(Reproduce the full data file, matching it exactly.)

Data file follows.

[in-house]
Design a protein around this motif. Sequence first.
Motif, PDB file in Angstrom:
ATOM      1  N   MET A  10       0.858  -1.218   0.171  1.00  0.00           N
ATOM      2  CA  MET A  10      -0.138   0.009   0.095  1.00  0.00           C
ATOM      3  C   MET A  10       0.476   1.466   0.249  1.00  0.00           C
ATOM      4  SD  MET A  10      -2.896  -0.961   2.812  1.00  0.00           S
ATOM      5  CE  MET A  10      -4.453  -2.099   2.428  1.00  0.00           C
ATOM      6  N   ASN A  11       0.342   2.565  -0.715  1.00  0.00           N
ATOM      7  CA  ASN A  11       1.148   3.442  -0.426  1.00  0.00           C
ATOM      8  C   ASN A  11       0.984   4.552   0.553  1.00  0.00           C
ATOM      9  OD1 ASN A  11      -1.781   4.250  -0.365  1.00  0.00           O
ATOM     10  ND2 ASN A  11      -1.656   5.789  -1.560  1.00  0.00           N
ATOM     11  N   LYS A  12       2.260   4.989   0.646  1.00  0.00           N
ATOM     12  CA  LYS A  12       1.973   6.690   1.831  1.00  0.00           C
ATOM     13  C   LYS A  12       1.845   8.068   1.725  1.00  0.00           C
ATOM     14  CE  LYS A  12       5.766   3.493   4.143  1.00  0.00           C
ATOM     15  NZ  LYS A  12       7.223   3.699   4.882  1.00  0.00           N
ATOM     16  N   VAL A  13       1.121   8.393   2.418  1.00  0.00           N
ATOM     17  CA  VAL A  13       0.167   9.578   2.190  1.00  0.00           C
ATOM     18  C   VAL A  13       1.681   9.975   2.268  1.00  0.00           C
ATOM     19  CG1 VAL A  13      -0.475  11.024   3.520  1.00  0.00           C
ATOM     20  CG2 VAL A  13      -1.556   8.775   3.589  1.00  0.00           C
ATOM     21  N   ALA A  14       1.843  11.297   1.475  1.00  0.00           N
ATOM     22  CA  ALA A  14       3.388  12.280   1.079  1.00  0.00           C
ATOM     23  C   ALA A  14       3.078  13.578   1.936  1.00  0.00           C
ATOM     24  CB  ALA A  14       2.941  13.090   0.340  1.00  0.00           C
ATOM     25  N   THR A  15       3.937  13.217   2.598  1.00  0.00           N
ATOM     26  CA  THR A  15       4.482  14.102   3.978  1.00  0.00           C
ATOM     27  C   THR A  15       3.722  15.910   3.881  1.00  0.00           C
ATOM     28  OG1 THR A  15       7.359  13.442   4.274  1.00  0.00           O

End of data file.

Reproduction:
[in-house]
Design a protein around this motif. Sequence first.
Motif, PDB file in Angstrom:
ATOM      1  N   MET A  10       0.858  -1.218   0.171  1.00  0.00           N
ATOM      2  CA  MET A  10      -0.138   0.009   0.095  1.00  0.00           C
ATOM      3  C   MET A  10       0.476   1.466   0.249  1.00  0.00           C
ATOM      4  SD  MET A  10      -2.896  -0.961   2.812  1.00  0.00           S
ATOM      5  CE  MET A  10      -4.453  -2.099   2.428  1.00  0.00           C
ATOM      6  N   ASN A  11       0.342   2.565  -0.715  1.00  0.00           N
ATOM      7  CA  ASN A  11       1.148   3.442  -0.426  1.00  0.00           C
ATOM      8  C   ASN A  11       0.984   4.552   0.553  1.00  0.00           C
ATOM      9  OD1 ASN A  11      -1.781   4.250  -0.365  1.00  0.00           O
ATOM     10  ND2 ASN A  11      -1.656   5.789  -1.560  1.00  0.00           N
ATOM     11  N   LYS A  12       2.260   4.989   0.646  1.00  0.00           N
ATOM     12  CA  LYS A  12       1.973   6.690   1.831  1.00  0.00           C
ATOM     13  C   LYS A  12       1.845   8.068   1.725  1.00  0.00           C
ATOM     14  CE  LYS A  12       5.766   3.493   4.143  1.00  0.00           C
ATOM     15  NZ  LYS A  12       7.223   3.699   4.882  1.00  0.00           N
ATOM     16  N   VAL A  13       1.121   8.393   2.418  1.00  0.00           N
ATOM     17  CA  VAL A  13       0.167   9.578   2.190  1.00  0.00           C
ATOM     18  C   VAL A  13       1.681   9.975   2.268  1.00  0.00           C
ATOM     19  CG1 VAL A  13      -0.475  11.024   3.520  1.00  0.00           C
ATOM     20  CG2 VAL A  13      -1.556   8.775   3.589  1.00  0.00           C
ATOM     21  N   ALA A  14       1.843  11.297   1.475  1.00  0.00           N
ATOM     22  CA  ALA A  14       3.388  12.280   1.079  1.00  0.00           C
ATOM     23  C   ALA A  14       3.078  13.578   1.936  1.00  0.00           C
ATOM     24  CB  ALA A  14       2.941  13.090   0.340  1.00  0.00           C
ATOM     25  N   THR A  15       3.937  13.217   2.598  1.00  0.00           N
ATOM     26  CA  THR A  15       4.482  14.102   3.978  1.00  0.00           C
ATOM     27  C   THR A  15       3.722  15.910   3.881  1.00  0.00           C
ATOM     28  OG1 THR A  15       7.359  13.442   4.274  1.00  0.00           O